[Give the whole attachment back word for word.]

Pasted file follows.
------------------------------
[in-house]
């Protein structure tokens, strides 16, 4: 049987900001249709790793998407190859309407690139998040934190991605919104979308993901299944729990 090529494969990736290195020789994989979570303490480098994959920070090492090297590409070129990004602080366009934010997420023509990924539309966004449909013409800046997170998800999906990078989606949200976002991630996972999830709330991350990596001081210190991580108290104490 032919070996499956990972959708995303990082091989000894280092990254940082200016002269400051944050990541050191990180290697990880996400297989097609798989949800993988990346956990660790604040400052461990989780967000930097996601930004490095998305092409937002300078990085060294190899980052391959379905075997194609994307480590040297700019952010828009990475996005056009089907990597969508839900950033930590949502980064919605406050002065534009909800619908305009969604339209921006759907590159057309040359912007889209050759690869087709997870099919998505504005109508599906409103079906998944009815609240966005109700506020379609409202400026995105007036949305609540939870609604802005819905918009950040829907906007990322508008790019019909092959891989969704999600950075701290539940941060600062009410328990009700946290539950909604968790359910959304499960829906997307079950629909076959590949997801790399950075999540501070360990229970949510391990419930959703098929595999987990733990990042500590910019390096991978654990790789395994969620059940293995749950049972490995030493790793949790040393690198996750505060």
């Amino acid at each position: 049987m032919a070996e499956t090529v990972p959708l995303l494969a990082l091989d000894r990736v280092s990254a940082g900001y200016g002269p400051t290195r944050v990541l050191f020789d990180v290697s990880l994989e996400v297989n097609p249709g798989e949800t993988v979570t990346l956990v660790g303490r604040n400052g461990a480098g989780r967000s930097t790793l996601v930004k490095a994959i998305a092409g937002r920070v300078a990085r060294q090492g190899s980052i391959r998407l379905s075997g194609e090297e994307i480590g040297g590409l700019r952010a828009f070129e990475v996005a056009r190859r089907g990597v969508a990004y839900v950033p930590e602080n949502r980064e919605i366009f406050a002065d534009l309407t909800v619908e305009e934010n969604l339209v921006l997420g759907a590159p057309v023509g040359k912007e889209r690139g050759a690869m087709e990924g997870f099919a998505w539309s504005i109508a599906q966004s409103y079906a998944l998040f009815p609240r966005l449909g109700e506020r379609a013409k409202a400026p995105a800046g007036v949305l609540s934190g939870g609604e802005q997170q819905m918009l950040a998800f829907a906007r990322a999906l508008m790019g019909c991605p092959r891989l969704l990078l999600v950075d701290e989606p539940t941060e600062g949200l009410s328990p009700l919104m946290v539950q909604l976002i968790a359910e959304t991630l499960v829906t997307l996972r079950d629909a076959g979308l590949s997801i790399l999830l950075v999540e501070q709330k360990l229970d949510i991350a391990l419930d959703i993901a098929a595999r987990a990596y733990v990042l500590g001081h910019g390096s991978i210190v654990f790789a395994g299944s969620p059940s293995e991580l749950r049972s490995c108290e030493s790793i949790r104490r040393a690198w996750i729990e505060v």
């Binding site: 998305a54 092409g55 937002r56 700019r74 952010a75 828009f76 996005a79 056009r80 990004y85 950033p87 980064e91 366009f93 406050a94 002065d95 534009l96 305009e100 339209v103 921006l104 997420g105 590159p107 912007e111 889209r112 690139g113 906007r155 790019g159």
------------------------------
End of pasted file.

[in-house]
């Protein structure tokens, strides 16, 4: 049987900001249709790793998407190859309407690139998040934190991605919104979308993901299944729990 090529494969990736290195020789994989979570303490480098994959920070090492090297590409070129990004602080366009934010997420023509990924539309966004449909013409800046997170998800999906990078989606949200976002991630996972999830709330991350990596001081210190991580108290104490 032919070996499956990972959708995303990082091989000894280092990254940082200016002269400051944050990541050191990180290697990880996400297989097609798989949800993988990346956990660790604040400052461990989780967000930097996601930004490095998305092409937002300078990085060294190899980052391959379905075997194609994307480590040297700019952010828009990475996005056009089907990597969508839900950033930590949502980064919605406050002065534009909800619908305009969604339209921006759907590159057309040359912007889209050759690869087709997870099919998505504005109508599906409103079906998944009815609240966005109700506020379609409202400026995105007036949305609540939870609604802005819905918009950040829907906007990322508008790019019909092959891989969704999600950075701290539940941060600062009410328990009700946290539950909604968790359910959304499960829906997307079950629909076959590949997801790399950075999540501070360990229970949510391990419930959703098929595999987990733990990042500590910019390096991978654990790789395994969620059940293995749950049972490995030493790793949790040393690198996750505060």
């Amino acid at each position: 049987m032919a070996e499956t090529v990972p959708l995303l494969a990082l091989d000894r990736v280092s990254a940082g900001y200016g002269p400051t290195r944050v990541l050191f020789d990180v290697s990880l994989e996400v297989n097609p249709g798989e949800t993988v979570t990346l956990v660790g303490r604040n400052g461990a480098g989780r967000s930097t790793l996601v930004k490095a994959i998305a092409g937002r920070v300078a990085r060294q090492g190899s980052i391959r998407l379905s075997g194609e090297e994307i480590g040297g590409l700019r952010a828009f070129e990475v996005a056009r190859r089907g990597v969508a990004y839900v950033p930590e602080n949502r980064e919605i366009f406050a002065d534009l309407t909800v619908e305009e934010n969604l339209v921006l997420g759907a590159p057309v023509g040359k912007e889209r690139g050759a690869m087709e990924g997870f099919a998505w539309s504005i109508a599906q966004s409103y079906a998944l998040f009815p609240r966005l449909g109700e506020r379609a013409k409202a400026p995105a800046g007036v949305l609540s934190g939870g609604e802005q997170q819905m918009l950040a998800f829907a906007r990322a999906l508008m790019g019909c991605p092959r891989l969704l990078l999600v950075d701290e989606p539940t941060e600062g949200l009410s328990p009700l919104m946290v539950q909604l976002i968790a359910e959304t991630l499960v829906t997307l996972r079950d629909a076959g979308l590949s997801i790399l999830l950075v999540e501070q709330k360990l229970d949510i991350a391990l419930d959703i993901a098929a595999r987990a990596y733990v990042l500590g001081h910019g390096s991978i210190v654990f790789a395994g299944s969620p059940s293995e991580l749950r049972s490995c108290e030493s790793i949790r104490r040393a690198w996750i729990e505060v």
């Binding site: 998305a54 092409g55 937002r56 700019r74 952010a75 828009f76 996005a79 056009r80 990004y85 950033p87 980064e91 366009f93 406050a94 002065d95 534009l96 305009e100 339209v103 921006l104 997420g105 590159p107 912007e111 889209r112 690139g113 906007r155 790019g159």